• Your favorite filling (take pick from our list above)
  • 1 egg white plus 1 tablespoon (15 ml) water fork beaten
  • Granulated sugar or turbinado sugar for sprinkling


  • On a sheet of parchment paper or a well-floured surface, roll the dough out to somewhere between 1/8- and 1/4-inch (3- and 6-mm) thickness.
  • Using a 3- to 4-inch (8- to 10-cm) round or square cookie cutter, cut out as many shapes as you can. (If you don’t have a cookie cutter, an empty tuna can that you’ve washed and rinsed well will do the trick quite nicely.)
  • Working with 1 portion of dough at a time, place a scant teaspoon or so of your desired filling on half the dough. (If your dough is larger or smaller than 3 inches, you’ll need to use more or less filling accordingly.) Dip your fingertip in water and lightly wet the edge of the dough with a tiny bit of water. Fold the uncovered dough over the filling and press firmly to make a seal. Repeat with the remaining dough and filling. Use a fork or knife to poke a little vent on top of each pie.
  • Cover and refrigerate the hand pies until you’re ready to bake them, at least 15 minutes and up to several hours. (You can instead freeze the hand pies for baking another time. Simply place the hand pies on a parchment-lined baking sheet, making certain they’re not touching, and freeze overnight. Transfer the hand pies to resealable plastic bags. Thaw in the fridge prior to baking.)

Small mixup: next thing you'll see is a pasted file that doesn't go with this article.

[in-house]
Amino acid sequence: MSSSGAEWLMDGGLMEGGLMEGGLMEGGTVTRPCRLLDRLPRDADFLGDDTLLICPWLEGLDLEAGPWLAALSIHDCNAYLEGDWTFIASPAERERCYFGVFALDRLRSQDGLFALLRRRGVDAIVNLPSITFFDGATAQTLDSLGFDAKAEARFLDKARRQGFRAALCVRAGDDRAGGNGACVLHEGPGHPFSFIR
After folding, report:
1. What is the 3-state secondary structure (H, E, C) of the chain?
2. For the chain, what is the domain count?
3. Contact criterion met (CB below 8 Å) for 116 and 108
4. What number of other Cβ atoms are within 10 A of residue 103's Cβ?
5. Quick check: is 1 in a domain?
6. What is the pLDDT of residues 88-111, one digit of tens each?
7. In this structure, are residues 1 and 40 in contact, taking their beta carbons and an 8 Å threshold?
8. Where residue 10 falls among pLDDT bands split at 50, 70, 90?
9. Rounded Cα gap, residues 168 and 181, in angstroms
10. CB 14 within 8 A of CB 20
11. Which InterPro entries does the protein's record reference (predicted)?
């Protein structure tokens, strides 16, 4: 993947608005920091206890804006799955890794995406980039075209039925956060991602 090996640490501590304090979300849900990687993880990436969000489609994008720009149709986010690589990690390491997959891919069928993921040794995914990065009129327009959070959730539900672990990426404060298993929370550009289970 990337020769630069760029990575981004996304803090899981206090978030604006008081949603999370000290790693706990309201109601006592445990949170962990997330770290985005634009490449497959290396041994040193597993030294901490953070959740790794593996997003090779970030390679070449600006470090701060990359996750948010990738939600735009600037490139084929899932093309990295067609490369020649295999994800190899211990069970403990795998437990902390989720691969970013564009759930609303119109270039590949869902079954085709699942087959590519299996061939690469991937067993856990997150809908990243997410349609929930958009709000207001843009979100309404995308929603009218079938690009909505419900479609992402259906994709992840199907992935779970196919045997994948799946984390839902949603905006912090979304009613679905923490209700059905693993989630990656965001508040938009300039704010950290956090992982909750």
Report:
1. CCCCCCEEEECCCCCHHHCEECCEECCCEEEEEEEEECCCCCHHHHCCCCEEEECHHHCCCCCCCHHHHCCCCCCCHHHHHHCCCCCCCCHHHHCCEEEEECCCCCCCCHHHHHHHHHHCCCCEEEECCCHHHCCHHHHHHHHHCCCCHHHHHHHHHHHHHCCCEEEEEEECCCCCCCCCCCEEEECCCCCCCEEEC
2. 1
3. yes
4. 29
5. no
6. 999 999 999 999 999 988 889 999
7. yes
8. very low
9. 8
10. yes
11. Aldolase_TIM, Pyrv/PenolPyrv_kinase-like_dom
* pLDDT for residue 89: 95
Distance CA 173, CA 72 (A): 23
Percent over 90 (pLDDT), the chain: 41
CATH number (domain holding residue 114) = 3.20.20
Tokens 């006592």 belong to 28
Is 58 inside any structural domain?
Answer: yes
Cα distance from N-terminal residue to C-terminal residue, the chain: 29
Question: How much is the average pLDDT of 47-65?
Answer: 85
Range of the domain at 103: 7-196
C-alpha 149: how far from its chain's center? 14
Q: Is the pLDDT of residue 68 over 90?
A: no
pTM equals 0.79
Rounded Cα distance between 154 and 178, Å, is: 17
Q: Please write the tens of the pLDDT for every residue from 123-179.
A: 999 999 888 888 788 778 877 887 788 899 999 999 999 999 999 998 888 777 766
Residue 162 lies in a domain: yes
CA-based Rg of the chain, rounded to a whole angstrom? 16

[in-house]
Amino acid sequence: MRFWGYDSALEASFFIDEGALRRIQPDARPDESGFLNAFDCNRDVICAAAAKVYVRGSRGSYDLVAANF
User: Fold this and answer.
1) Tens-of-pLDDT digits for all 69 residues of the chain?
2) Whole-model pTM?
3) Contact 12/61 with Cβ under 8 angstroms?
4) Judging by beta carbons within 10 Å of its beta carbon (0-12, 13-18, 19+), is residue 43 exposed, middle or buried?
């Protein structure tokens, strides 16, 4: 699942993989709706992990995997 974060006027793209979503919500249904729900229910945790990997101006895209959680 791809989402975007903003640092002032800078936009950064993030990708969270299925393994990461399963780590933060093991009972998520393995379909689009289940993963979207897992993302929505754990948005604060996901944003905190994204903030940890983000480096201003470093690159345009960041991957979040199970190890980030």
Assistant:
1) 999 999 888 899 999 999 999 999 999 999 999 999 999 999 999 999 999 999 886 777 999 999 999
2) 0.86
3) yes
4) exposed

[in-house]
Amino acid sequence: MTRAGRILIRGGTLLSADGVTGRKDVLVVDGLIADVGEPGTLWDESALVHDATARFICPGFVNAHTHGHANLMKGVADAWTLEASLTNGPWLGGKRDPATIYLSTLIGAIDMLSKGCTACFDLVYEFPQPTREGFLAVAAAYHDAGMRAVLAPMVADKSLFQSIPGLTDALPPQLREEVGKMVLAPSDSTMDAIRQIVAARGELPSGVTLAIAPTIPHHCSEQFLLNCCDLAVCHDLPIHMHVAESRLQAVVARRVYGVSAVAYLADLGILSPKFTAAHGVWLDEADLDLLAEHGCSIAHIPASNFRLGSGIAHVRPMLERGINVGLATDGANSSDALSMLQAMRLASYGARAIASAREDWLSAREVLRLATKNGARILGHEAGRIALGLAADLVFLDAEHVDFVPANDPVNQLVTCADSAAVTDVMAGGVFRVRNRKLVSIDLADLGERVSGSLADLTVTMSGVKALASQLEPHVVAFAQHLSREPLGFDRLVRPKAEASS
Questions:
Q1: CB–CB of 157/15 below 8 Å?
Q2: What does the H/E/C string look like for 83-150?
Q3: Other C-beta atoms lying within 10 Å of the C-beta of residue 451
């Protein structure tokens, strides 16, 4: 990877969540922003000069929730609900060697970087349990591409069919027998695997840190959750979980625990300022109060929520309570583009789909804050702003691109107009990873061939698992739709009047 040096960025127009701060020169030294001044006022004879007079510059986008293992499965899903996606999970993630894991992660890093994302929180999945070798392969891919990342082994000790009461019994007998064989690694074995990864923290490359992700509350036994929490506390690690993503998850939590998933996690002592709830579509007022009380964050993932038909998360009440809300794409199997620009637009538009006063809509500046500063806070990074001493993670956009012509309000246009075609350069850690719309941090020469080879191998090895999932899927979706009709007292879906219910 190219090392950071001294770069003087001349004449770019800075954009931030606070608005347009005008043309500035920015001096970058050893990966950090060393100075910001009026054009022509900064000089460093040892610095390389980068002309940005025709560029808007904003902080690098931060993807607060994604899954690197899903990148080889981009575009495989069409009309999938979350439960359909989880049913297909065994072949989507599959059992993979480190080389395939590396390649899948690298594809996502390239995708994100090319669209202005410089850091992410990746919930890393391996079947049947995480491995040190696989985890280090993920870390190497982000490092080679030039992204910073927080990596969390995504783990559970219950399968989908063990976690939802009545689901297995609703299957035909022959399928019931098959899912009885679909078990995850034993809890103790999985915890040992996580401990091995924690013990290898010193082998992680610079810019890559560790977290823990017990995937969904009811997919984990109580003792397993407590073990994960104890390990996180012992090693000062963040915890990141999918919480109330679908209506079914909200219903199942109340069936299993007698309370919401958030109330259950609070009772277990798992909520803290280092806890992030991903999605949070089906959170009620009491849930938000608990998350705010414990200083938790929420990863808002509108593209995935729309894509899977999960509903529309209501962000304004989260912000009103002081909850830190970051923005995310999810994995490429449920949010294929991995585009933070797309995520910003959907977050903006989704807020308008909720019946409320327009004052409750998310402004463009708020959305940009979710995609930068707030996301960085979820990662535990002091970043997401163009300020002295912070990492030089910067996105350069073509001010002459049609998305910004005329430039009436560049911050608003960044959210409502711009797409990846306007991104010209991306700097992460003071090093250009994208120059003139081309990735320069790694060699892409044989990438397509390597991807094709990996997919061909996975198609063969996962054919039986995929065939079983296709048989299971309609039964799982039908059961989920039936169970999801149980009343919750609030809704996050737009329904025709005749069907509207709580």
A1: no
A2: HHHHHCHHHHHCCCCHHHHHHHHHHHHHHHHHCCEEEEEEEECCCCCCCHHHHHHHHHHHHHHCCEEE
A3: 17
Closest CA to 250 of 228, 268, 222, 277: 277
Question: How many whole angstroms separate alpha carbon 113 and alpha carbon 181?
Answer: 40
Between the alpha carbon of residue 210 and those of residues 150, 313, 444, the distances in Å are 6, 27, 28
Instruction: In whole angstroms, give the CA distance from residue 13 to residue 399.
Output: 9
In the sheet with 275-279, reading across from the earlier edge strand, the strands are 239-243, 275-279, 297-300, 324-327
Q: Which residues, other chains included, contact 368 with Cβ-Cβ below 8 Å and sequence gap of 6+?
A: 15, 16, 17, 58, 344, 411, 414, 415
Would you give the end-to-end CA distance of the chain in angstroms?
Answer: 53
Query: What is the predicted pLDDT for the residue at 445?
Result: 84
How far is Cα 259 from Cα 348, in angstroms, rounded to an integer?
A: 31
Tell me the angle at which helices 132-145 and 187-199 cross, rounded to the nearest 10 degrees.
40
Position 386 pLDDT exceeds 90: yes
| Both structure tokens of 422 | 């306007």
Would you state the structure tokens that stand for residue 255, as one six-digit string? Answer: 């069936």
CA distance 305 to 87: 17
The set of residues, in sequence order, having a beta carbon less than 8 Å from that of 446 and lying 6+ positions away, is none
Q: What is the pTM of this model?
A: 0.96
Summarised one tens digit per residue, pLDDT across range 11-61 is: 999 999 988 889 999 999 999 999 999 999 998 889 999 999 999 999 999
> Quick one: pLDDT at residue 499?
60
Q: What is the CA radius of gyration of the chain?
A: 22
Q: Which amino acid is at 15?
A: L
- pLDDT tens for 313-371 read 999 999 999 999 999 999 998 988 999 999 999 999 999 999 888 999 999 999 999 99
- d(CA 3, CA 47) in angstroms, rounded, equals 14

• Preheat the oven to 400°F (205°C).Lightly brush the hand pies with the egg white mixed with the water and sprinkle with a bit of sugar. Bake the hand pies until golden, 10 to 17 minutes, depending on the size of your hand pies. Let them cool slightly. Revel in them while they’re still warm.
Print RecipeBuy the Art of the Pie cookbook

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Savory Hand Pies Variation

For a savory version of these hand pies, use a spoonful of sturdy greens (such as kale or Swissh chard) that you’ve sautéed in olive oil with some garlic until wilted and tender. Then press the mixture with paper towels to remove any excess moisture. Mix with feta or blue cheese. Omit the sprinkle of sugar.